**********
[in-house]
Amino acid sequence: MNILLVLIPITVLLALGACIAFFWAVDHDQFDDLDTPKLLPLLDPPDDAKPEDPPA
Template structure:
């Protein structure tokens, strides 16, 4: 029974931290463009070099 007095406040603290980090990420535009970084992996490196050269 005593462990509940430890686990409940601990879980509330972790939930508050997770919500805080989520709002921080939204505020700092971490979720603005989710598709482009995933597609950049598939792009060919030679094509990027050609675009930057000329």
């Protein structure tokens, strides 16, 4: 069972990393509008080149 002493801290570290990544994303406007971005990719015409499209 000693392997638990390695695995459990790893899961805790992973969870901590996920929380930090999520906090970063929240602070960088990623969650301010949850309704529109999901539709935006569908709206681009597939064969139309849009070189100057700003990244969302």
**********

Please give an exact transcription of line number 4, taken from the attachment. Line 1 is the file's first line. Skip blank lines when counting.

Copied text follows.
């Protein structure tokens, strides 16, 4: 029974931290463009070099 007095406040603290980090990420535009970084992996490196050269 005593462990509940430890686990409940601990879980509330972790939930508050997770919500805080989520709002921080939204505020700092971490979720603005989710598709482009995933597609950049598939792009060919030679094509990027050609675009930057000329």